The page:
Kids are frequently taught that seven continents exist: Africa, Asia, Antarctica, Australia, Europe, North America, and South America.
Geologists, who look at the rocks (and tend to ignore the humans), group Europe and Asia into a supercontinent — Eurasia — making for a total of six geologic continents.
But according to a new study of Earth’s crust, there’s a seventh geologic continent called “Zealandia,” and it has been hiding under our figurative noses for millennia.
The 11 researchers behind the study say that New Zealand and New Caledonia aren’t merely island chains. Instead, they’re both part of a single, 4.9 million-square-kilometer (1.89 million-square-mile) slab of continental crust that’s distinct from Australia.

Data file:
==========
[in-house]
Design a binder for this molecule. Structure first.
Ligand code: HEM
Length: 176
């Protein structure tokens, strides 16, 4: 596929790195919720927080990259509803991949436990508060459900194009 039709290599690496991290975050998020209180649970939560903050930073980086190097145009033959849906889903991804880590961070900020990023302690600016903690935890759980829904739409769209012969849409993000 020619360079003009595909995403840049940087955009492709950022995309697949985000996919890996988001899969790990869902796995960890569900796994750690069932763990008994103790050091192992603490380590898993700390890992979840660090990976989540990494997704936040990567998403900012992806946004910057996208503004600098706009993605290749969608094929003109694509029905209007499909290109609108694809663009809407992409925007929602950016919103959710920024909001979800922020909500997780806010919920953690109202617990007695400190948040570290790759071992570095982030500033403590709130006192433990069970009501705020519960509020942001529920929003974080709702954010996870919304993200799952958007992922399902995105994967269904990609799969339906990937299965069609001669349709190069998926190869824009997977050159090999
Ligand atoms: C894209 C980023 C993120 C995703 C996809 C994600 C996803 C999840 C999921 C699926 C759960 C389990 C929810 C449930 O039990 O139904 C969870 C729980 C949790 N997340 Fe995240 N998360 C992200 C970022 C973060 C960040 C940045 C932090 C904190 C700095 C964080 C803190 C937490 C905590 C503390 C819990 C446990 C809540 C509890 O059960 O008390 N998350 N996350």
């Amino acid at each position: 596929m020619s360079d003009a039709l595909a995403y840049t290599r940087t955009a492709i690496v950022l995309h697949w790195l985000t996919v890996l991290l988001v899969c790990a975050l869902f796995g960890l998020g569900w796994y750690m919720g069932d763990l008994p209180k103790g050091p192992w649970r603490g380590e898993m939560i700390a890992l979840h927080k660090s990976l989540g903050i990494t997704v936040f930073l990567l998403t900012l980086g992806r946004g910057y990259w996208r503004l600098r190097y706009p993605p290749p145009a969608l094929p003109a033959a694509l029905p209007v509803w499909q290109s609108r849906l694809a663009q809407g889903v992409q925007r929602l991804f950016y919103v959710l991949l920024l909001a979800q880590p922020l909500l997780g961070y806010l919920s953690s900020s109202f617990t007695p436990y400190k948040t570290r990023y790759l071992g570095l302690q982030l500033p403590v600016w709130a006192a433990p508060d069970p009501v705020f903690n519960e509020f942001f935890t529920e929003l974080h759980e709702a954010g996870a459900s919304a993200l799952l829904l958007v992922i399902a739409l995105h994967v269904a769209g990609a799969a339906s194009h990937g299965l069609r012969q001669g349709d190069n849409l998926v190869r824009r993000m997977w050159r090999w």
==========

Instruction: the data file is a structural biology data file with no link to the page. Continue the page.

“This is not a sudden discovery, but a gradual realization; as recently as 10 years ago we would not have had the accumulated data or confidence in interpretation to write this paper,” the researchers wrote in GSA Today, a journal of the Geological Society of America.
Ten of the researchers work for institutions within the new continent; one works for a university in Australia. But other geologists are almost certain to accept the team’s continent-sized conclusions, says Bruce Luyendyk, a geophysicist at the University of California at Santa Barbara, who wasn’t involved in the study.